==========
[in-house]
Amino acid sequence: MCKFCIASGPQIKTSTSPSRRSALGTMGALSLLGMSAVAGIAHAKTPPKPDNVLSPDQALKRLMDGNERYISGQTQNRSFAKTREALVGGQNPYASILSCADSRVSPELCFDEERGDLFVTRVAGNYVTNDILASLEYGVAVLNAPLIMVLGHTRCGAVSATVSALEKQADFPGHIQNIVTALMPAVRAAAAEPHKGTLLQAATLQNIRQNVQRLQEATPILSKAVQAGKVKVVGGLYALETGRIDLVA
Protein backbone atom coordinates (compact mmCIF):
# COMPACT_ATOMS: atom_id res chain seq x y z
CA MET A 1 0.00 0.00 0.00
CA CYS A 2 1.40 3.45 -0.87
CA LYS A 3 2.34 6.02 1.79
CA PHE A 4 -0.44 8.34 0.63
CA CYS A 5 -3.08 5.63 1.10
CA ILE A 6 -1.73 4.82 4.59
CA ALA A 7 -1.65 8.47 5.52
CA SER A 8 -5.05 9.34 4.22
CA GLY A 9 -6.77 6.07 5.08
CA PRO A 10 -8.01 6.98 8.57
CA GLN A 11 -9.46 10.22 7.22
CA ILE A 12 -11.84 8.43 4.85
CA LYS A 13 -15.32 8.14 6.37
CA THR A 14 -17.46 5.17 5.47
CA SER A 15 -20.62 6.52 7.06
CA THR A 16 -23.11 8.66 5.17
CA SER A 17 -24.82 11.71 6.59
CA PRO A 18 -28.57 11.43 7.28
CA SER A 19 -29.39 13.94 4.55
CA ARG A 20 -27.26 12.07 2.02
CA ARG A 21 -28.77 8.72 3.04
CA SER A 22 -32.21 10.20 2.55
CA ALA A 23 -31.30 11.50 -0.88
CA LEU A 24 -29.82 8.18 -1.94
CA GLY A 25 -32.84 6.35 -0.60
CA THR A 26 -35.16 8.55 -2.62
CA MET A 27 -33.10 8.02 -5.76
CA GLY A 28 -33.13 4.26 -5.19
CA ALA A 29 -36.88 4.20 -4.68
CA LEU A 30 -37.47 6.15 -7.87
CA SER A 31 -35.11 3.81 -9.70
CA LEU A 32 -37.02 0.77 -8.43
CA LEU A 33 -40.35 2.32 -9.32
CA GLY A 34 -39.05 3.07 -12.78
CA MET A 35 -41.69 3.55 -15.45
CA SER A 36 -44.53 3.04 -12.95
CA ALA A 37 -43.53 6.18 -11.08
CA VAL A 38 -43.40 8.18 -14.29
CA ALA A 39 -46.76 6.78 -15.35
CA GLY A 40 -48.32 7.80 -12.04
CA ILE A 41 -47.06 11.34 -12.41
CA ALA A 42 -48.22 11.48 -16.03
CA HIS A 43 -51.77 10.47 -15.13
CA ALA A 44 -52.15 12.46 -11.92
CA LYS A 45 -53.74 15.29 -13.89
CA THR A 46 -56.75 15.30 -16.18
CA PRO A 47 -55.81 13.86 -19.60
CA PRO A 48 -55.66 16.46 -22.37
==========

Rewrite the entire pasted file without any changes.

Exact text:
[in-house]
Amino acid sequence: MCKFCIASGPQIKTSTSPSRRSALGTMGALSLLGMSAVAGIAHAKTPPKPDNVLSPDQALKRLMDGNERYISGQTQNRSFAKTREALVGGQNPYASILSCADSRVSPELCFDEERGDLFVTRVAGNYVTNDILASLEYGVAVLNAPLIMVLGHTRCGAVSATVSALEKQADFPGHIQNIVTALMPAVRAAAAEPHKGTLLQAATLQNIRQNVQRLQEATPILSKAVQAGKVKVVGGLYALETGRIDLVA
Protein backbone atom coordinates (compact mmCIF):
# COMPACT_ATOMS: atom_id res chain seq x y z
CA MET A 1 0.00 0.00 0.00
CA CYS A 2 1.40 3.45 -0.87
CA LYS A 3 2.34 6.02 1.79
CA PHE A 4 -0.44 8.34 0.63
CA CYS A 5 -3.08 5.63 1.10
CA ILE A 6 -1.73 4.82 4.59
CA ALA A 7 -1.65 8.47 5.52
CA SER A 8 -5.05 9.34 4.22
CA GLY A 9 -6.77 6.07 5.08
CA PRO A 10 -8.01 6.98 8.57
CA GLN A 11 -9.46 10.22 7.22
CA ILE A 12 -11.84 8.43 4.85
CA LYS A 13 -15.32 8.14 6.37
CA THR A 14 -17.46 5.17 5.47
CA SER A 15 -20.62 6.52 7.06
CA THR A 16 -23.11 8.66 5.17
CA SER A 17 -24.82 11.71 6.59
CA PRO A 18 -28.57 11.43 7.28
CA SER A 19 -29.39 13.94 4.55
CA ARG A 20 -27.26 12.07 2.02
CA ARG A 21 -28.77 8.72 3.04
CA SER A 22 -32.21 10.20 2.55
CA ALA A 23 -31.30 11.50 -0.88
CA LEU A 24 -29.82 8.18 -1.94
CA GLY A 25 -32.84 6.35 -0.60
CA THR A 26 -35.16 8.55 -2.62
CA MET A 27 -33.10 8.02 -5.76
CA GLY A 28 -33.13 4.26 -5.19
CA ALA A 29 -36.88 4.20 -4.68
CA LEU A 30 -37.47 6.15 -7.87
CA SER A 31 -35.11 3.81 -9.70
CA LEU A 32 -37.02 0.77 -8.43
CA LEU A 33 -40.35 2.32 -9.32
CA GLY A 34 -39.05 3.07 -12.78
CA MET A 35 -41.69 3.55 -15.45
CA SER A 36 -44.53 3.04 -12.95
CA ALA A 37 -43.53 6.18 -11.08
CA VAL A 38 -43.40 8.18 -14.29
CA ALA A 39 -46.76 6.78 -15.35
CA GLY A 40 -48.32 7.80 -12.04
CA ILE A 41 -47.06 11.34 -12.41
CA ALA A 42 -48.22 11.48 -16.03
CA HIS A 43 -51.77 10.47 -15.13
CA ALA A 44 -52.15 12.46 -11.92
CA LYS A 45 -53.74 15.29 -13.89
CA THR A 46 -56.75 15.30 -16.18
CA PRO A 47 -55.81 13.86 -19.60
CA PRO A 48 -55.66 16.46 -22.37